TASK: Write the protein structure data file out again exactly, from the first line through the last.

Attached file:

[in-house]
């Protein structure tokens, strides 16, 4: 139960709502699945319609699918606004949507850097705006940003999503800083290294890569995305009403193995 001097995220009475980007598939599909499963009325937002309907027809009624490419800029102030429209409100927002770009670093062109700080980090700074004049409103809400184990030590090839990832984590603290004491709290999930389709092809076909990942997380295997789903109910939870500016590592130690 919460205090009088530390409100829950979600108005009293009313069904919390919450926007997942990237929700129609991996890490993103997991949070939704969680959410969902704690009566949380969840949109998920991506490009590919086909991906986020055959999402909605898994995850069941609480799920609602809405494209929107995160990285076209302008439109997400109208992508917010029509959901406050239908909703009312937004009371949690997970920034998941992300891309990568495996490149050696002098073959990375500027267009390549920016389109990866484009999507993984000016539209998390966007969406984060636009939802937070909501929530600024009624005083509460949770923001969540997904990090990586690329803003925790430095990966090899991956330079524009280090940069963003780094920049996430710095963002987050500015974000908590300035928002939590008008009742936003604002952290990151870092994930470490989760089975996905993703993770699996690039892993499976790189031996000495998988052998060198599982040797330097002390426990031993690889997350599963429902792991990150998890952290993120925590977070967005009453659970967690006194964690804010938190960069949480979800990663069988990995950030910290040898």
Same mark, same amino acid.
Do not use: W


[in-house]
């Protein structure tokens, strides 16, 4: 139960709502699945319609699918606004949507850097705006940003999503800083290294890569995305009403193995 001097995220009475980007598939599909499963009325937002309907027809009624490419800029102030429209409100927002770009670093062109700080980090700074004049409103809400184990030590090839990832984590603290004491709290999930389709092809076909990942997380295997789903109910939870500016590592130690 919460205090009088530390409100829950979600108005009293009313069904919390919450926007997942990237929700129609991996890490993103997991949070939704969680959410969902704690009566949380969840949109998920991506490009590919086909991906986020055959999402909605898994995850069941609480799920609602809405494209929107995160990285076209302008439109997400109208992508917010029509959901406050239908909703009312937004009371949690997970920034998941992300891309990568495996490149050696002098073959990375500027267009390549920016389109990866484009999507993984000016539209998390966007969406984060636009939802937070909501929530600024009624005083509460949770923001969540997904990090990586690329803003925790430095990966090899991956330079524009280090940069963003780094920049996430710095963002987050500015974000908590300035928002939590008008009742936003604002952290990151870092994930470490989760089975996905993703993770699996690039892993499976790189031996000495998988052998060198599982040797330097002390426990031993690889997350599963429902792991990150998890952290993120925590977070967005009453659970967690006194964690804010938190960069949480979800990663069988990995950030910290040898």
Same mark, same amino acid.
Do not use: W